Graham Kenan Professor of Law
- Ph.D., University of North Carolina at Chapel Hill (2006)
- M.A., University of North Carolina at Chapel Hill (1997)
- J.D., Yale University (1988)
- B.A. (magna cum laude), Yale University (1984)
UNC Law Faculty Resolution on HB2
On April 7, the faculty of UNC Law School passed the following resolution regarding the provisions of the Public Facilities Privacy and Security Act, otherwise known as HB2, that pertain to the law school's restrooms:
We, faculty members of UNC Law, have considered the issue of the bathrooms in the law school following the passage of HB2. Two relevant federal agencies have interpreted federal law on the issue of bathrooms. First, the Equal Employment Opportunity Commission has declared that Title VII’s prohibition on sex discrimination requires that covered employees (including those of public universities) must be permitted to use bathrooms consistent with their gender identity. Second, the Department of Education has declared that Title IX’s prohibition on sex discrimination requires that students in universities receiving federal financial assistance must be able to use bathrooms consistent with their gender identity. We believe that these agencies’ interpretations of federal law are correct and that federal law preempts HB2’s dictates on bathrooms in the law school.
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Maxine Eichner, the Reef C. Ivey II Professor of Law, writes on issues at the intersection of law and political theory, focusing particularly on family relationships, social welfare law and policy; feminist theory; sexuality; and the relationship of the family, the workplace, and market forces. Professor Eichner is the author of The Supportive State: Families, Government, and America's Political Ideals (Oxford University Press, 2010). She is also an editor of Family Law: Cases, Text, Problems (eds., Ellman, Kurtz, Weithorn, Bix, Czapanskiy, and Eichner, 2014). In addition, she has written numerous articles and chapters for law reviews, peer-reviewed journals, and edited volumes on law and political theory.
Professor Eichner is currently involved in several law reform projects. She was the Reporter for the Uniform Law Commission's Uniform Deployed Parents Custody and Visitation Act, which has now been passed in ten states. She is a member of the American Law Institute and an advisor on the ALI's Restatement of the Law: Children and the Law project. She is also working to prevent unjust charges of medical child abuse from being filed against parents through the UNC Law Medical Child Abuse Initiative and MitoAction's Medical Child Abuse Task Force. Her New York Times op ed on this issue can be found here: http://www.nytimes.com/2015/07/12/opinion/sunday/the-new-child-abuse-panic.html?_r=0 She has been recognized for her service work through being named Professor of the Year by the law school's Pro Bono Program, and receiving an Equality Champion Award from Equality North Carolina.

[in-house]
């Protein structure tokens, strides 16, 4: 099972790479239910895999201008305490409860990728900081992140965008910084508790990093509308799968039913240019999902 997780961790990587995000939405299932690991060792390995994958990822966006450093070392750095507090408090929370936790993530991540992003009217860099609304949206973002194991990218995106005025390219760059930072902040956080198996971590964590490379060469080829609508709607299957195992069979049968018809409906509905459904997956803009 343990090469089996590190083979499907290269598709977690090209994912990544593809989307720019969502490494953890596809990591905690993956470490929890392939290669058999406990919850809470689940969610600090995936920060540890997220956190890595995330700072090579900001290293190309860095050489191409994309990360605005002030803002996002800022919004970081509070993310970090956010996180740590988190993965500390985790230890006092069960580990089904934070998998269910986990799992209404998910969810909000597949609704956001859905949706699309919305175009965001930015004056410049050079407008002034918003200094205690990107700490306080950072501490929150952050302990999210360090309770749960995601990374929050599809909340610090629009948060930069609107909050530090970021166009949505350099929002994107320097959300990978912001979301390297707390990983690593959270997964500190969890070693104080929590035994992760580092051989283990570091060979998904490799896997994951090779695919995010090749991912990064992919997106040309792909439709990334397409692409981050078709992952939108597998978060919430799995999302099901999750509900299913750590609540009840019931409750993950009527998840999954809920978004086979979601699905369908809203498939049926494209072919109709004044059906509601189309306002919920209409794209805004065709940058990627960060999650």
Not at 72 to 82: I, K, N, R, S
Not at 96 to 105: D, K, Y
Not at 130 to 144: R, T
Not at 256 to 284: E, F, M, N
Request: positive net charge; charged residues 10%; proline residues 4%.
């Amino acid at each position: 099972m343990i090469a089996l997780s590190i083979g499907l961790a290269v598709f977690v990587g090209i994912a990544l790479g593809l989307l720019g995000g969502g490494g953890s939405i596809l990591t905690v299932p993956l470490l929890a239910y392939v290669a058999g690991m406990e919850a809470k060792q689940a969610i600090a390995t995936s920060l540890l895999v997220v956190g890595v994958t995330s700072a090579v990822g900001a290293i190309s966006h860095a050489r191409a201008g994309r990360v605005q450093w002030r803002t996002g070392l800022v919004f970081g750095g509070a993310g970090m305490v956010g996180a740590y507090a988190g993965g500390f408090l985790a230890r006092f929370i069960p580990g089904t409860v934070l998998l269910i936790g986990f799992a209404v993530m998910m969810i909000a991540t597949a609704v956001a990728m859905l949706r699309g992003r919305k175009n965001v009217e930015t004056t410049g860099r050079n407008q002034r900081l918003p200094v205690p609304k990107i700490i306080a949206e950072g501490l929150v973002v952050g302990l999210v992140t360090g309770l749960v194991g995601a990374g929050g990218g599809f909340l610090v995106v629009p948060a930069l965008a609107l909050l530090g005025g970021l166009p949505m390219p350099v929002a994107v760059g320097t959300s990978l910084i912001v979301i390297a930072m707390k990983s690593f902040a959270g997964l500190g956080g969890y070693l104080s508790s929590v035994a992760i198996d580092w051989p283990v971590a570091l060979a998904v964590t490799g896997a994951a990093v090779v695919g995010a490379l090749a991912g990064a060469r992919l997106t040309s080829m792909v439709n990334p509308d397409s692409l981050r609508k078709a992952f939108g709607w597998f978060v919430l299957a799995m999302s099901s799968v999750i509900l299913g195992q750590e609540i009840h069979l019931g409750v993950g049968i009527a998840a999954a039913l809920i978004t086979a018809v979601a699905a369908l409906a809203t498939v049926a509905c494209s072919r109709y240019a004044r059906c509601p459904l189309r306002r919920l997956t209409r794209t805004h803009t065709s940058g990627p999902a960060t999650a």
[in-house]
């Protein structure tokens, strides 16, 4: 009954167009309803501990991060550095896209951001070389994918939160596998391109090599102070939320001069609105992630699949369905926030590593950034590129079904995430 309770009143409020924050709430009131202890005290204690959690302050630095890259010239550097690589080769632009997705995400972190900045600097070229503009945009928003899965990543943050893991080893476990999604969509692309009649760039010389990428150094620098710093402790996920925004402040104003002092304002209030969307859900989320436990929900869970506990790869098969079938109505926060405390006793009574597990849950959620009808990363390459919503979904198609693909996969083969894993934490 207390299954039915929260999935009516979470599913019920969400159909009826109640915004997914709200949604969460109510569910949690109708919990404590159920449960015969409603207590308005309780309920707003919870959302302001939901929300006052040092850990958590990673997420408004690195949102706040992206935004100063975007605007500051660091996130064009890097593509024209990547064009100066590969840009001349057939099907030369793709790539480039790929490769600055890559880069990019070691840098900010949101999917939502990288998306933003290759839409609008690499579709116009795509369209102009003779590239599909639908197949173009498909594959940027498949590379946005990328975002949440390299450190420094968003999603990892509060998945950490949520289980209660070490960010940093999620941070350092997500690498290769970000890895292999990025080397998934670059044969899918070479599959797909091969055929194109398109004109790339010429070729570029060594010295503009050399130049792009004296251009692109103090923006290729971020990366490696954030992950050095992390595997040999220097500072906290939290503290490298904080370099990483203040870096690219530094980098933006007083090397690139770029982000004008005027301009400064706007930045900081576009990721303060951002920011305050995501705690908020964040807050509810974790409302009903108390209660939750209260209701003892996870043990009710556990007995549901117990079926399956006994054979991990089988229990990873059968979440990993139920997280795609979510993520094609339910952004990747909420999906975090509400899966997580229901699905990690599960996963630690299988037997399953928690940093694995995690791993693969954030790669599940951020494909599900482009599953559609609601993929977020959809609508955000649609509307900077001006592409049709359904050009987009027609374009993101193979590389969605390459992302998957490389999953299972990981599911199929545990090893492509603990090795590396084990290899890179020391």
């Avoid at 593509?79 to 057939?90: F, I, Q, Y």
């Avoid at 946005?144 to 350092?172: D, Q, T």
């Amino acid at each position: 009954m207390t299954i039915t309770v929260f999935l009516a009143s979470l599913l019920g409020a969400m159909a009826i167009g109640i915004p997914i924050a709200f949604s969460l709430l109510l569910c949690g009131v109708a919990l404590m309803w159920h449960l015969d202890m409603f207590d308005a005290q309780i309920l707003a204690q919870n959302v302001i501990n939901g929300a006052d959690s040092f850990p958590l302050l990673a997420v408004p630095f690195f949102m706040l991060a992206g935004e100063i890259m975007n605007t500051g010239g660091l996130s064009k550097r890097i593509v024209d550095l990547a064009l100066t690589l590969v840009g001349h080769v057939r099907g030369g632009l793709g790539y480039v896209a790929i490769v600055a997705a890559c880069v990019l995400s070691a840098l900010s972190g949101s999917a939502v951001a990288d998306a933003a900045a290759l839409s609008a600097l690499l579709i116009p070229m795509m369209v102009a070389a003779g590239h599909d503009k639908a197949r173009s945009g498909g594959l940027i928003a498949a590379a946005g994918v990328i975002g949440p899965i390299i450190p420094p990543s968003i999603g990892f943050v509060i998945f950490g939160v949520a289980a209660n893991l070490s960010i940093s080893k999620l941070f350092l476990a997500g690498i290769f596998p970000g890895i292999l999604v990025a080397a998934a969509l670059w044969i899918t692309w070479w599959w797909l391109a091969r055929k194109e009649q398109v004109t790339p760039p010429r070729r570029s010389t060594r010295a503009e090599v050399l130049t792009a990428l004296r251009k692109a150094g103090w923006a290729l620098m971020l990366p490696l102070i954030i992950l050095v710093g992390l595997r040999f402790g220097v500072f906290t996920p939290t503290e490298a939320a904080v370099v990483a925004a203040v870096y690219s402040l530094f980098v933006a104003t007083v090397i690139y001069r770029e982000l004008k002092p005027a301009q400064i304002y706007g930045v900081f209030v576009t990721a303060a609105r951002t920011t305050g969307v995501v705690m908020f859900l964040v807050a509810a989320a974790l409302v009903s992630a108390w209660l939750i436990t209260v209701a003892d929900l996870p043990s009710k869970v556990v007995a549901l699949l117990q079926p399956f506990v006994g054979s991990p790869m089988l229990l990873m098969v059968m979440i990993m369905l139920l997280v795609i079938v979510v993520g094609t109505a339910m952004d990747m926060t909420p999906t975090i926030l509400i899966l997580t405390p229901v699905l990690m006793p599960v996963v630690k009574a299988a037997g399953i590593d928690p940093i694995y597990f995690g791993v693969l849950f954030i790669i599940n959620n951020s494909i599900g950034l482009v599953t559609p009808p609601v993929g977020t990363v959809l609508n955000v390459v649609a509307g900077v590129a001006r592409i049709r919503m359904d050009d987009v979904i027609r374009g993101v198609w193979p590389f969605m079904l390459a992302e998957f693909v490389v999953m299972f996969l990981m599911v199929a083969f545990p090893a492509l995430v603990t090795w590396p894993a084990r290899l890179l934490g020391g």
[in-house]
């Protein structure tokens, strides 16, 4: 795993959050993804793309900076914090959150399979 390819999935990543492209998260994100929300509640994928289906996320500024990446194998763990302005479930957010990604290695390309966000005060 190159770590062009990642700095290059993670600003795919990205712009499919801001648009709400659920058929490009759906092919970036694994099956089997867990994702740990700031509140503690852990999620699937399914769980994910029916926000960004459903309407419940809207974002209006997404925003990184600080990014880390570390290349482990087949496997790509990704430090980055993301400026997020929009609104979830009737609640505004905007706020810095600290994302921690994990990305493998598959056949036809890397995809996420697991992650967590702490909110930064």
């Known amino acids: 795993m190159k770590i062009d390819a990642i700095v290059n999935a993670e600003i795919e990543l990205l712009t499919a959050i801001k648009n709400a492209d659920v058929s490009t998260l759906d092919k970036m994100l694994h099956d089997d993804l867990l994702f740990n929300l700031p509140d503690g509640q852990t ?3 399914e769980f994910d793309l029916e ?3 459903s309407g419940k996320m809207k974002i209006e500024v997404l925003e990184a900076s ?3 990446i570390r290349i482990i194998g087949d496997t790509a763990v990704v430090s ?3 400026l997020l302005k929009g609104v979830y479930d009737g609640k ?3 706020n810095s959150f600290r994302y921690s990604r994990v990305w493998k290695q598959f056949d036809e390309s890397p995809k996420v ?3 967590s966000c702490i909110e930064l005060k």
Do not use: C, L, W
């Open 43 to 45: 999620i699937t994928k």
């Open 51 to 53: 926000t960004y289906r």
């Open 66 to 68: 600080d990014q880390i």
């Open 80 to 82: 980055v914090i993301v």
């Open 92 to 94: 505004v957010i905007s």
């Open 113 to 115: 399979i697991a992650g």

Before joining UNC Law in 2003, Professor Eichner attended Yale College and Yale Law School, where she was an articles editor of the Yale Law Journal. After law school, she held a Women's Law and Public Policy Fellowship through Georgetown Law School, clerked for Judge Louis Oberdorfer in the United States District Court for the District of Columbia, and then clerked for Judge Betty Fletcher in the United States Court of Appeals for the Ninth Circuit. She subsequently practiced civil rights, women's rights, and employment law for several years at the law firm of Patterson, Harkavy, and Lawrence in Raleigh, N.C. She then entered graduate school in the political science department at UNC, eventually earning a Ph.D. in political theory while on the law school's faculty. In the course of her Ph.D. study, she held a fellowship in public affairs at the Miller Center of the University of Virginia.
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Curriculum Vitae ()
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Introduction (with Clare Huntington), 69 STUDIES IN LAW, POLITICS, AND SOCIETY 1, SPECIAL ISSUE: FEMINIST LEGAL THEORY (Austin Sarat, ed., 2016). [Document Link]
Market-Cautious Feminism, 69 STUDIES IN LAW, POLITICS, AND SOCIETY 141, SPECIAL ISSUE: FEMINIST LEGAL THEORY (Austin Sarat, ed., 2016). [Document Link]
- Review Essay, The Family in Context, 128 HARV. L. REV. 1980 (2015). [Westlaw, Lexis/Nexis, Hein]
The Supportive State: Government, Dependency, and Responsibility for Caretaking, in CARE ETHICS AND POLITICAL THEORY (Hamington & Engster eds.) (Oxford Univ. Press 2015). [HM681.E54 2015]
The Family and the Market--Redux, 13 THEORETICAL INQ. L. 97 (Rights and Obligations in the Contemporary Family: Retheorizing Individualism, Families and the State Symposium) (2012). [Westlaw, Lexis/Nexis, SSRN, Hein]
Families, Human Dignity, and State Support for Caretaking: Why the United States' Failure to Ameliorate the Work-Family Conflict is a Dereliction of the Government's Basic Responsibilities, 88 N.C. L. REV. 1593 (2010). [Westlaw, Lexis/Nexis, SSRN, Hein]
Feminism, Queer Theory, & Sexual Citizenship, in GENDER EQUALITY: DIMENSIONS OF WOMEN'S EQUAL CITIZENSHIP, (with J. Grossman and L. McClain) (Cambridge Press 2009). [SSRN KF478 .G46 2009]
Dependency and the Liberal Polity: On Martha Fineman's The Autonomy Myth, 93 CAL. L. REV. 1285 (2005). [Westlaw, Lexis/Nexis, SSRN, Hein, BEPress]
On Postmodernist Feminist Legal Theory, 36 HARV. C.R.-C.L. L. REV. 1 (2001). [Westlaw, Lexis/Nexis, SSRN, Hein]